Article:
Two Republican congressmen have introduced legislation that would allow adults who underwent body mutilating gender-transition surgeries as minors to sue the doctors who operated on them. The bill also includes a 30-year statute of limitations.
Rep. Jim Banks, R-Ind., and Sen. Tom Cotton, R-Ark., introduced the Protecting Minors from Medical Malpractice Act on Wednesday. The legislation subjects medical practitioners who perform “a gender-transition procedure on an individual who is less than 18 years of age” to liability if the minor who had the cosmetic surgery or multiple surgeries experiences “physical, psychological, emotional, or physiological harms” from the surgery or “related treatment.”
Minors who believe they were harmed by a gender-transition procedure have 30 years from their 18th birthday to file a civil action against a medical practitioner by seeking “declaratory or injunctive relief,” “compensatory damages,” “punitive damages” and “attorney’s fees and costs.” The bill makes an exception for surgeries performed on individuals with disorders of sexual development, chromosomal anomalies sometimes referred to as intersex conditions.
Additionally, the measure calls for the U.S. Department of Health and Human Services to withhold federal funding from any state requiring medical providers to perform gender-transition procedures.
The proposed legislation defines a “gender-transition procedure” as the “prescription or administration of puberty-blocking drugs for the purpose of changing the body of an individual so that it conforms to the subjective sense of identity of the individual,” “the prescription or administration of cross-sex hormones” or “a surgery to change the body of an individual” for the same purpose.
In a statement on Twitter, Cotton warned that “Radical doctors in the U.S. are performing dangerous, experimental, and even sterilizing gender-transition procedures on young kids, who can’t even provide informed consent,” adding: “Our bill allows children who grow up to regret these procedures to sue for damages.”
Banks also commented on the bill, maintaining that “Quacks have irreversibly damaged tens of thousands of American children to further the radical left’s agenda.” He cited the legislation as evidence that Cotton and himself were “serious about holding them accountable.”
The Protecting Minors from Medical Malpractice Act comes amid ongoing efforts at the state level as Republican-led legislatures and state agencies adopt measures restricting the medicalized gender transitioning of young people.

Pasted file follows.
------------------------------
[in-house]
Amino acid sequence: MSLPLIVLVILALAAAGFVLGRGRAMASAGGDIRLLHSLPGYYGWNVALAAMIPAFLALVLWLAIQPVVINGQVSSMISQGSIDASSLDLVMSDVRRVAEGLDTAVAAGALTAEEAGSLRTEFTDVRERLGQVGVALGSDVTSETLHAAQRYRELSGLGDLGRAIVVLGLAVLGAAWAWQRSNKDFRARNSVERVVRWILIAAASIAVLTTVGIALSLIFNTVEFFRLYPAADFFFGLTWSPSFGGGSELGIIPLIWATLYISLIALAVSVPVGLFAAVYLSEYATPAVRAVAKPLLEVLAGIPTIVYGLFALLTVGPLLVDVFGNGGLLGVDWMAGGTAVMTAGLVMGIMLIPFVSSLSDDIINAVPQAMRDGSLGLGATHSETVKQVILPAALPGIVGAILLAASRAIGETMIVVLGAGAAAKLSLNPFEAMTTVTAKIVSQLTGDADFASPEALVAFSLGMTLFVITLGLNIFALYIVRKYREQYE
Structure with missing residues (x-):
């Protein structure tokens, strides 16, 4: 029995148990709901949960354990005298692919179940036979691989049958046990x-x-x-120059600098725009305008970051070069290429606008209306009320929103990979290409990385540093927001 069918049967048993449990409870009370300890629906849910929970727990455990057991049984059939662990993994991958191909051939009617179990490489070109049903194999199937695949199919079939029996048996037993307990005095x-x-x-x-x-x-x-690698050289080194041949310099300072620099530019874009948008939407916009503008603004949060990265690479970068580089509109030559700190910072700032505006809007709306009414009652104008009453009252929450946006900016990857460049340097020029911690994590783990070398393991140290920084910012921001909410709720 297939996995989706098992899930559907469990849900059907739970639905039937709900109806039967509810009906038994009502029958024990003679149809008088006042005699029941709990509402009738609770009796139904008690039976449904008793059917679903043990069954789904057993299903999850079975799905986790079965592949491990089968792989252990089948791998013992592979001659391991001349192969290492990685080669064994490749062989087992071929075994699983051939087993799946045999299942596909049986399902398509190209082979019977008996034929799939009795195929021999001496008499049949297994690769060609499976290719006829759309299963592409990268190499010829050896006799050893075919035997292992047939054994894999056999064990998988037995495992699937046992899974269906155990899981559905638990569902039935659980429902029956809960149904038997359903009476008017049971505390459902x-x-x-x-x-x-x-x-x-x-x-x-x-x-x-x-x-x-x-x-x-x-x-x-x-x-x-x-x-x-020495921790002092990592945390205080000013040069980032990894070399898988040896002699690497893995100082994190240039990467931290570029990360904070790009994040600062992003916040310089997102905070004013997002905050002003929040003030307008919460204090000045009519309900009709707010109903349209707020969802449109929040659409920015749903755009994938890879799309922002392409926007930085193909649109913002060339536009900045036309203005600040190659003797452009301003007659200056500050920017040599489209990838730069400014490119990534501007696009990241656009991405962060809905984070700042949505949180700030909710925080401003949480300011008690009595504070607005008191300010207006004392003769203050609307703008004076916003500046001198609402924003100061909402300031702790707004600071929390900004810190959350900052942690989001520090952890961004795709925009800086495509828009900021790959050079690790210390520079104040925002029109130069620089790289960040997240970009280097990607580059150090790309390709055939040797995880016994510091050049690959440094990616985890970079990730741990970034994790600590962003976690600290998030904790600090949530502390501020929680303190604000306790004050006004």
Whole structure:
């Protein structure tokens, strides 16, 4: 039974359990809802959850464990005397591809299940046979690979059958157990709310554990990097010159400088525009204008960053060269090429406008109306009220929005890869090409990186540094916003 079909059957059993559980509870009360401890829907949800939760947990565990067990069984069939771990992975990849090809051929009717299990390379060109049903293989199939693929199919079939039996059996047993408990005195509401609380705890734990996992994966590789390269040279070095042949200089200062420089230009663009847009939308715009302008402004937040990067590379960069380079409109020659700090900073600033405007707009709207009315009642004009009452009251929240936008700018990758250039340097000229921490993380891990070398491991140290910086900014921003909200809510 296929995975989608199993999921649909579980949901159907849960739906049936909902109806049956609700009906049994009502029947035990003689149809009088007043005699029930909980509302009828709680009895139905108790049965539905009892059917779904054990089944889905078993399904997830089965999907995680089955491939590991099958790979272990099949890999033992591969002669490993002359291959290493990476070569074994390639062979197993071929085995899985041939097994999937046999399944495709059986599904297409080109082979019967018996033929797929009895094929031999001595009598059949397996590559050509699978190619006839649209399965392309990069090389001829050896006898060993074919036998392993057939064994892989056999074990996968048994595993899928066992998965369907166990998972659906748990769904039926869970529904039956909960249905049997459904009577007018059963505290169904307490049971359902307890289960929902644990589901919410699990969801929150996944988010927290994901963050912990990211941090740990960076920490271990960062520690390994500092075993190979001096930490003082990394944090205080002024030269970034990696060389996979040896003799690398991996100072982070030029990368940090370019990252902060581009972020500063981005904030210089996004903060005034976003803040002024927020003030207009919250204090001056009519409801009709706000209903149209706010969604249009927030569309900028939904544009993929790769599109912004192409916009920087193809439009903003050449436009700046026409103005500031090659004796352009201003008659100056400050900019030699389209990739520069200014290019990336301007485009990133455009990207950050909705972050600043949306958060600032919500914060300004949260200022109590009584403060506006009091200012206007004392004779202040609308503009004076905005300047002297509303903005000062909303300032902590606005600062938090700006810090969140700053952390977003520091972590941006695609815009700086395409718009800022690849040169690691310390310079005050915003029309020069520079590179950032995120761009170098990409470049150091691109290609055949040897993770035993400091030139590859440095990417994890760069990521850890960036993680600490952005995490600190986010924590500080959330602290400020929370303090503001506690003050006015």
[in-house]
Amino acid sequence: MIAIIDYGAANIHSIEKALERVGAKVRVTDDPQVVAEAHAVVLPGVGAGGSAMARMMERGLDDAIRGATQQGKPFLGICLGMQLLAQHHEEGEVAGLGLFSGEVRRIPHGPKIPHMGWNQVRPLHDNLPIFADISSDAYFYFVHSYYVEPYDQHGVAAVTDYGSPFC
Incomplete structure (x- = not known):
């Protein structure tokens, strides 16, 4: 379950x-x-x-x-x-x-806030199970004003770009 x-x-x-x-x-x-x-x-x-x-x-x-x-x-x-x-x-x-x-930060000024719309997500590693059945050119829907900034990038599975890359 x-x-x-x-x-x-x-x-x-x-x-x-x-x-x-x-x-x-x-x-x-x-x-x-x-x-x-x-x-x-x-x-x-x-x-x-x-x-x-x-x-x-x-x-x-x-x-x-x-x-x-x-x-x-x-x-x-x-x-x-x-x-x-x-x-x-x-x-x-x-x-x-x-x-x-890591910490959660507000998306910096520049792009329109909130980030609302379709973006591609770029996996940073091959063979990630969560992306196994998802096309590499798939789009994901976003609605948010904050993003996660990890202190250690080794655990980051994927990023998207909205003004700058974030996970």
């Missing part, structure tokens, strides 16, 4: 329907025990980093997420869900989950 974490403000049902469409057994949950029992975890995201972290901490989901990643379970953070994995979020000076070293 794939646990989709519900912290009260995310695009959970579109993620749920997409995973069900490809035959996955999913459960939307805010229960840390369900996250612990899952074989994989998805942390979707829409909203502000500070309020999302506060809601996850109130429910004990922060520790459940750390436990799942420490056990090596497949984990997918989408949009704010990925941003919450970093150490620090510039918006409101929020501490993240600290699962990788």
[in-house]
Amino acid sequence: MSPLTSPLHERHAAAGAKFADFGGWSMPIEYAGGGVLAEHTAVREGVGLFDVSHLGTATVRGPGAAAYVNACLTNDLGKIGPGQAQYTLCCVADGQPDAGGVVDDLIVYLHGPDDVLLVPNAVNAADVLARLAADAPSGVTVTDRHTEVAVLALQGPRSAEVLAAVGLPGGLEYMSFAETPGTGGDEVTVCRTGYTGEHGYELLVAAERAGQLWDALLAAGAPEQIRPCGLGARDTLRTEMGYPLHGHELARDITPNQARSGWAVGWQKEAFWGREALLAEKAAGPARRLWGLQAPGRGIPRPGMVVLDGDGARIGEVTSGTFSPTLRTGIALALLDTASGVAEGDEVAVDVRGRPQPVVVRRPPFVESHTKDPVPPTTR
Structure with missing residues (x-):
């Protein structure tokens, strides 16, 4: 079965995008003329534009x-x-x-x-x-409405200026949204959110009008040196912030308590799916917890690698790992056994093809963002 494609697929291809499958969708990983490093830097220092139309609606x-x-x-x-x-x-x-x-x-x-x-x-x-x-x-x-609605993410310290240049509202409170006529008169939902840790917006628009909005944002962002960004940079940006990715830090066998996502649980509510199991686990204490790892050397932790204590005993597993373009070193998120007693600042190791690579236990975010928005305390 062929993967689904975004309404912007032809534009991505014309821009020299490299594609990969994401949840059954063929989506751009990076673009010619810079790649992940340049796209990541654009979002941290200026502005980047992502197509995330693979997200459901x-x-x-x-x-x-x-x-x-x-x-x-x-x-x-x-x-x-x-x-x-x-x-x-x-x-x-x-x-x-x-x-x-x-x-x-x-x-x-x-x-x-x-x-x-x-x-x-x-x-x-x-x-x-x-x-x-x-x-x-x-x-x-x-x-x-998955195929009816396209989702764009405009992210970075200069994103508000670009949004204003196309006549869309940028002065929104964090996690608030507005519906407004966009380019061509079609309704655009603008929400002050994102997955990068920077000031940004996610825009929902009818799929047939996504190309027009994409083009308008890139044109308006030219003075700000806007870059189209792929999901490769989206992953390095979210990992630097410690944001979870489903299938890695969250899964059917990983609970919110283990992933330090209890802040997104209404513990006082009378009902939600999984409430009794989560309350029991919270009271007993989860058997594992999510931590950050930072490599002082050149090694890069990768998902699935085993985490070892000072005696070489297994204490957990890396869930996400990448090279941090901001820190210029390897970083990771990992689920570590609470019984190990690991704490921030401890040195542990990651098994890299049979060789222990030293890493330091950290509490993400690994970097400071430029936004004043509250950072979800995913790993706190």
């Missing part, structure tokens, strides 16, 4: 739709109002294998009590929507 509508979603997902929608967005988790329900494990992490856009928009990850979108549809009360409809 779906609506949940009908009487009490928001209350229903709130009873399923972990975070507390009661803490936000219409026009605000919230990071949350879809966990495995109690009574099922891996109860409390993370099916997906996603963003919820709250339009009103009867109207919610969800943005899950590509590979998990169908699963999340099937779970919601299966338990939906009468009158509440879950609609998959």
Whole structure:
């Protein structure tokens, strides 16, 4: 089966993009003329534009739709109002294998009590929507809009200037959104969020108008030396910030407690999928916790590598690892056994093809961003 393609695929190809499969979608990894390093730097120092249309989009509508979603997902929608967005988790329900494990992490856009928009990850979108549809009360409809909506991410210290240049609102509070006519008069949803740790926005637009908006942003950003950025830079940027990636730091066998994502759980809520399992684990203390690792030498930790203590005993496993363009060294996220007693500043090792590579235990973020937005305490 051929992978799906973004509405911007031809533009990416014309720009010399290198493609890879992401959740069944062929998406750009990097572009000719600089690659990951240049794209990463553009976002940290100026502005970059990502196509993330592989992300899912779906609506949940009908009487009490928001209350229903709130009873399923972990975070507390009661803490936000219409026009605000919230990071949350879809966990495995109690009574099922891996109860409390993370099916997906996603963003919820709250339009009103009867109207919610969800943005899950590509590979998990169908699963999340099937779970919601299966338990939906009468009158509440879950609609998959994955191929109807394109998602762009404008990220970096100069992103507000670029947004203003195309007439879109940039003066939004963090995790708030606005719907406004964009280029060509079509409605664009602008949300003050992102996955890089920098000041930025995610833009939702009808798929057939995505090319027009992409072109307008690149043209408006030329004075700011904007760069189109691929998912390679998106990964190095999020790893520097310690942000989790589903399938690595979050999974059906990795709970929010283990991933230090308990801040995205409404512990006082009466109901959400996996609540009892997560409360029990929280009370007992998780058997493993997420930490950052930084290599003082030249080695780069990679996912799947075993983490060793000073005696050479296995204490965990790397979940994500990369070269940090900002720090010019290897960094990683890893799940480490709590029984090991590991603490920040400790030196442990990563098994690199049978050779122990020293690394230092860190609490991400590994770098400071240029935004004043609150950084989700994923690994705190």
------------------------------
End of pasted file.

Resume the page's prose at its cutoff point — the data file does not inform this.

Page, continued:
Last year, the Texas Department of Family and Protective Services published a letter characterizing “genital mutilation of a child through reassignment surgery” as “child abuse, subject to all rules and procedures pertaining to child abuse.” The state of Florida released a fact sheet in April declaring that no minor child should be prescribed puberty blockers and opposite-sex hormones to treat gender dysphoria.
The Florida Department of Health document further stated — referencing a 2021 article in the Journal of Infant, Child, and Adolescent Psychotherapy — that “encouraging mastectomy, ovariectomy, uterine extirpation, penile disablement, tracheal shave, the prescription of hormones which are out of line with the genetic make-up of the child, or puberty blockers, are all clinical practices which run an unacceptably high risk of doing harm.”
Last year, both chambers of the Arkansas Legislature overrode Gov. Asa Hutchison’s veto of the Save Adolescents from Experimentation Act, marking the first time a bill banning gender-transition procedures for minors became law anywhere in the country. Earlier this year, Alabama and Arizona followed suit by enacting similar laws.
Internationally, several nations have begun halting the experimental practices to varying degrees. Among those countries reverting from prescribing puberty blockers or performing body mutilating surgeries are Sweden, France, Finland and the United Kingdom. Psychiatrists in Australia and New Zealand, likewise, are urging greater caution.
Echoing the Republican lawmakers, critics of the experimental practices have long said that lawsuits are likely coming, particularly from young people who recognized as adults that they were incapable of giving adequate informed consent to the drugs and surgeries as children and teenagers.
“Detransitioners,” those who underwent hormonal and surgical gender practices and wound up regretting it and reintegrating with their natal sex, have noted the hurdles that exist regarding taking legal action against the surgeons that performed the irreversible procedures on their bodies.
In a February 2020 feature story in The Christian Post, a male detransitioner who went by the pseudonym Marcus Fitz recalled how he endured years of opposite-sex hormone use and had an orchiectomy. He explained that most states, including California, where he lived, have one-year statutes of limitations for medical malpractice lawsuits.
“They’ll say, ‘I want to sue!’ And my first question to them is: ‘Well, how long has it been?’” he said, describing his interactions with other detransitioners.
“It often takes several years to come out of this gaslighting fog of what has happened to us and by then, it’s far too late.”